Article magazine # 95


Berceni. Nicolae Comanescu

Post de: Cosmin Caciuc

Exhibition at the National Museum of Contemporary Art – Bucharest, 14.05.2011 – 31.07.2011
Curator: Ruxandra Balaci

Dust poisoning, dreams and stereotypes cut out off the media, everyday experience among Berceni blocks of flats, some contagious humour, destabilized framing, light-headed stylistic collages, mixed cultural allusions and colour hallucinations are part of the aesthetic ammunition of artist Nicolae Comanescu whose paintings propose unusual trips among actual urban deeds and collective imaginary.

Mirroring his major creative trends between 1998 and 2010 (Rostopasca period, “Grand Prix”, “Beach Culture in Bercsenyi”, “Dust and Powder”), the 88 works gathered under “Berceni” heading within a retrospective exhibition hosted at the National Museum of Contemporary Art (NMCA) might signify a replay and refreshing of some conceptual attitudes that marked critical postmodernism in the West, in mid ‘70s: aesthetic nonconformism, semantic multicoding and particularly an obsessive appeal to the idea of multiple reality. Nicolae Comanescu’s painting approach may reveal some sources of inspiration for a new perception of the public space, in as much as we can find multiplied worlds between our dusty corporality and social bends displaced by aesthetic over-consumption.

“I gotta go. Maybe I’m redundant” (2000), the work reproduced right on the cover of our magazine, in February 2008 (# 61) edition is quite meaningful for Rostopasca period (1997– 2001): we are talking about a generation that permanently “is about to leave” or who indefinitely oscillate mentally and physically, between some “here” inverted by problems and some “there” full of seducing promises. Thus, starting from a contemporary artistic phenomenon, we inevitably drift towards issues related to places and towns, to some visual culture of simultaneity associated with “here and there”. Nicolae Comanescu’s paintings are glances cast towards everyday urban places, possibly the most trivial ones pertaining to a post-communist reality of Berceni neighbouring; however, those glances never come from a fixed point of view, but from real and virtual crossings, from collisions between local reality and phantasms of an outer hallucinatory world spangled with ironies about the art establishment.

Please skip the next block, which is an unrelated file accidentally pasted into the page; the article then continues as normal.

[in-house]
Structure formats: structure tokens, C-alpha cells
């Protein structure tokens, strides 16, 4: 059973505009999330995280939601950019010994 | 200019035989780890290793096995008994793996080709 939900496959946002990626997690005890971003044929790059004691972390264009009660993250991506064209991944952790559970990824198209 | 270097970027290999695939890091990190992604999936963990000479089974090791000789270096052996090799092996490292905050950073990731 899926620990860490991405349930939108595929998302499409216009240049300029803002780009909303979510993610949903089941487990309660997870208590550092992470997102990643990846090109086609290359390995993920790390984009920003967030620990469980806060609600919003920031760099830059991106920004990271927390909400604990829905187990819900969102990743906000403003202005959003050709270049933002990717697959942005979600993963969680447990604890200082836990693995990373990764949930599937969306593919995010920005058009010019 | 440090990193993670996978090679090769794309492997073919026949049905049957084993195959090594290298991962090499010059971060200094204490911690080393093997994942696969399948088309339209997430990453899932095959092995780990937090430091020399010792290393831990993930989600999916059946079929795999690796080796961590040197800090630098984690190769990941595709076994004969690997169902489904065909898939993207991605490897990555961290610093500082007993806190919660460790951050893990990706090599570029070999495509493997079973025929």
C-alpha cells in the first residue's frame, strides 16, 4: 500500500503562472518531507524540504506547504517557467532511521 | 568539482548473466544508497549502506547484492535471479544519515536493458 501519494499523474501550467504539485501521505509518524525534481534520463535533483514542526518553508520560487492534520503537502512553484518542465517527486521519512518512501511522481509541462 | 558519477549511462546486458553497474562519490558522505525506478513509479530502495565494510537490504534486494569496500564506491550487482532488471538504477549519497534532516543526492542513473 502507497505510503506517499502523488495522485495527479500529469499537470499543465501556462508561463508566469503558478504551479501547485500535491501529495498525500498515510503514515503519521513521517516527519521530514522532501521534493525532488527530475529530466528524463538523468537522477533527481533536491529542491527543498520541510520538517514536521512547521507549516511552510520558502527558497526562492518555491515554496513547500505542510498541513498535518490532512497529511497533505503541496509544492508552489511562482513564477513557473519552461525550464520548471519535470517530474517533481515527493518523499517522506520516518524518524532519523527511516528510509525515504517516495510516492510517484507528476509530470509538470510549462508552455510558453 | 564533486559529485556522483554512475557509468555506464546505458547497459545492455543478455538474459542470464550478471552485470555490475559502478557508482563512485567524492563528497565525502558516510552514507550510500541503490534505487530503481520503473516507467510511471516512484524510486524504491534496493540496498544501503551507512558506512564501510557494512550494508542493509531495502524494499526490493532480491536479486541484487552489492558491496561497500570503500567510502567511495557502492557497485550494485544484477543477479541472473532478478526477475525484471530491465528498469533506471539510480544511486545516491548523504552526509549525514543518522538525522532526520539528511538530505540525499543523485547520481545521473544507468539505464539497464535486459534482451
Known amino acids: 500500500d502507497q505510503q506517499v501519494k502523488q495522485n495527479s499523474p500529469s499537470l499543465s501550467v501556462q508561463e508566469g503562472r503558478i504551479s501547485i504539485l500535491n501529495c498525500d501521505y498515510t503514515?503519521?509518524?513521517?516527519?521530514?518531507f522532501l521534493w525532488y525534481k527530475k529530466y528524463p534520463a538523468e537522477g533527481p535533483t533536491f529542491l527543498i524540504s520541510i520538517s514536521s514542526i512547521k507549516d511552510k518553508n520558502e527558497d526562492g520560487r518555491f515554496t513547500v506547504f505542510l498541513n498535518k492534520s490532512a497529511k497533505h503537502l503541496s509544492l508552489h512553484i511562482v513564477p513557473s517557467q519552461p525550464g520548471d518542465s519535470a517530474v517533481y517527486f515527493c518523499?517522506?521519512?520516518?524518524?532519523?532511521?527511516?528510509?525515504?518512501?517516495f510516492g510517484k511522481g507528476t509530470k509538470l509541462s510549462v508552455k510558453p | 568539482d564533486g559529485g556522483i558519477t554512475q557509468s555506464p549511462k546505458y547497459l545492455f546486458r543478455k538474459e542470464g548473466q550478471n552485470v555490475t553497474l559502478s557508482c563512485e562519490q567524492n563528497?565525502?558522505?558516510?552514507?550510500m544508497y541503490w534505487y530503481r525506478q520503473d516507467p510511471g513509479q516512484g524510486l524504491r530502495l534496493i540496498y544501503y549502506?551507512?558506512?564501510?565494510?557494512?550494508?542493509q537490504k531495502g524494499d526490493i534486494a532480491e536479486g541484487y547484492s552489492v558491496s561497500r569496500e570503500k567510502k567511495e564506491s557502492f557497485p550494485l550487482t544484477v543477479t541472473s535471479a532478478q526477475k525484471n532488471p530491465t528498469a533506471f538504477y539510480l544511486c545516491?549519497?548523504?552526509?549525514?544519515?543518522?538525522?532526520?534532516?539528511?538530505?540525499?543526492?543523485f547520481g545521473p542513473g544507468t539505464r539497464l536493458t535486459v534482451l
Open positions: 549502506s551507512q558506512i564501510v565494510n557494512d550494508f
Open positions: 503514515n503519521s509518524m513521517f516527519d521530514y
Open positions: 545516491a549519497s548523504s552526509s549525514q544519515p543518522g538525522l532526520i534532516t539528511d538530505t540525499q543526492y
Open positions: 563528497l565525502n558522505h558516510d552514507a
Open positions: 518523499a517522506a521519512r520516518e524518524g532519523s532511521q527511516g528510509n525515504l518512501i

The works pertaining to the Grand Prix and the Beach Culture Bercsenyi (2004-2007) are expressive for the praise of visual veneration in the world of welfare symbols and patterns of a consumer society, violently overlapping a post-communist reality. The objects in the rear-reflecting mirror do not pertain to a rear reality but to some imaginary ahead reality pierced by flickering reflections on chrome surfaces just as everyday objects come from street clips float in geographical and urban plans as if altered by mysterious hallucinogen vapours.  Floating among distorted realities turns into a post-critical exploration of a multidimensional space where “resistance” seems to no longer make sense. This leaves only irony, humour, a radical drift to a fault of views beyond the actual surface of the objects and some magic pataphysical radicalism…

The “Dust and Powder” (2007–2010) set of paintings marks not only a technical change in painting, but also a conceptual one connected to the idea of materiality multiplied by overlapping and blending that accompany the reconfiguration of our ordinary sites: “…earth from Berceni, in front of the block of flat where I live, ash and mustard from several places in Bucharest, cigarette ashes from Ota’s bar, clay from the Danube bank past Carcaliu village in Tulcea county, lime flower powder from Oltenitei, brick powder from Assan’s mill, dust picked from the ditch past Panselelor and Caltunasilor street crossings and the parking next to Tulnici and Anton Bacalba?a street crossings, everything blended with some American acrylic medium bought from a German store in Vienna, on canvas”.

This literal exposure of materiality in reference to the represented object or landscape on canvas, characterizing other artists’ works, too (Vik Muniz, Allison Cortson), generates unexpected poetical disclosures, or positive openings beyond the negative aura or stereotypy of the watched subject. The reality of Berceni neighbourhood could soon become a subject for some niche tourism (as Constantine Goagea noted in his comment on “Dust .02” series of paintings published in our magazine issue #61), attached to new studies of urban art interested in disclosing the most unexpected issues of modernization, able to go beyond the primary concept of “reality” to rediscover the resources of our collective imaginary and not in the least, our public space as well.

Photos here.